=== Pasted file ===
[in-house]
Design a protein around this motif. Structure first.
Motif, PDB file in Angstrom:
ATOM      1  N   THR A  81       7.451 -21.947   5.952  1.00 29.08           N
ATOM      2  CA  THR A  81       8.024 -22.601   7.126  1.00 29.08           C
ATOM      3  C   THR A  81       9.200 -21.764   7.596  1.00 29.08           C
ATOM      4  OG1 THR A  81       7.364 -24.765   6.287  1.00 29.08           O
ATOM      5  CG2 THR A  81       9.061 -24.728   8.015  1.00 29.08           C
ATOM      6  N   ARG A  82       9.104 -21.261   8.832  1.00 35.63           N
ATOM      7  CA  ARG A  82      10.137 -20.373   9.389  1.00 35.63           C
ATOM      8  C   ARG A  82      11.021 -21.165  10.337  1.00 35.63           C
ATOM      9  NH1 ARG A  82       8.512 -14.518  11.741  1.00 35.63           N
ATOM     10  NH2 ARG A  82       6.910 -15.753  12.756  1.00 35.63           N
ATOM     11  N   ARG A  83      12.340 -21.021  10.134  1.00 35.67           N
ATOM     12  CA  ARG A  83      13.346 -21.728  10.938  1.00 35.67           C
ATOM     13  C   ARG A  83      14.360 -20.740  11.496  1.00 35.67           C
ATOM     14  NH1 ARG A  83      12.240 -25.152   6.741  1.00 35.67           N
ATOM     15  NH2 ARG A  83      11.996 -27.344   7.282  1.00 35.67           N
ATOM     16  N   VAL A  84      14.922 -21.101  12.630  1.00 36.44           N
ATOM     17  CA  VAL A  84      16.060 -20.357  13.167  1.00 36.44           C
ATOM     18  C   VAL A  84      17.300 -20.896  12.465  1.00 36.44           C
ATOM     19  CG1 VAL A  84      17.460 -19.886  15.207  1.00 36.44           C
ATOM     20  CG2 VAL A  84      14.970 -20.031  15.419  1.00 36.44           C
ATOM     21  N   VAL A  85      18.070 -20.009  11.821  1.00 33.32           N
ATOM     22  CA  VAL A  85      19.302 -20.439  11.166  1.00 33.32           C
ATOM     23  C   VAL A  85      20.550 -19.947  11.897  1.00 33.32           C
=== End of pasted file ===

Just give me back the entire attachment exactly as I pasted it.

[in-house]
Design a protein around this motif. Structure first.
Motif, PDB file in Angstrom:
ATOM      1  N   THR A  81       7.451 -21.947   5.952  1.00 29.08           N
ATOM      2  CA  THR A  81       8.024 -22.601   7.126  1.00 29.08           C
ATOM      3  C   THR A  81       9.200 -21.764   7.596  1.00 29.08           C
ATOM      4  OG1 THR A  81       7.364 -24.765   6.287  1.00 29.08           O
ATOM      5  CG2 THR A  81       9.061 -24.728   8.015  1.00 29.08           C
ATOM      6  N   ARG A  82       9.104 -21.261   8.832  1.00 35.63           N
ATOM      7  CA  ARG A  82      10.137 -20.373   9.389  1.00 35.63           C
ATOM      8  C   ARG A  82      11.021 -21.165  10.337  1.00 35.63           C
ATOM      9  NH1 ARG A  82       8.512 -14.518  11.741  1.00 35.63           N
ATOM     10  NH2 ARG A  82       6.910 -15.753  12.756  1.00 35.63           N
ATOM     11  N   ARG A  83      12.340 -21.021  10.134  1.00 35.67           N
ATOM     12  CA  ARG A  83      13.346 -21.728  10.938  1.00 35.67           C
ATOM     13  C   ARG A  83      14.360 -20.740  11.496  1.00 35.67           C
ATOM     14  NH1 ARG A  83      12.240 -25.152   6.741  1.00 35.67           N
ATOM     15  NH2 ARG A  83      11.996 -27.344   7.282  1.00 35.67           N
ATOM     16  N   VAL A  84      14.922 -21.101  12.630  1.00 36.44           N
ATOM     17  CA  VAL A  84      16.060 -20.357  13.167  1.00 36.44           C
ATOM     18  C   VAL A  84      17.300 -20.896  12.465  1.00 36.44           C
ATOM     19  CG1 VAL A  84      17.460 -19.886  15.207  1.00 36.44           C
ATOM     20  CG2 VAL A  84      14.970 -20.031  15.419  1.00 36.44           C
ATOM     21  N   VAL A  85      18.070 -20.009  11.821  1.00 33.32           N
ATOM     22  CA  VAL A  85      19.302 -20.439  11.166  1.00 33.32           C
ATOM     23  C   VAL A  85      20.550 -19.947  11.897  1.00 33.32           C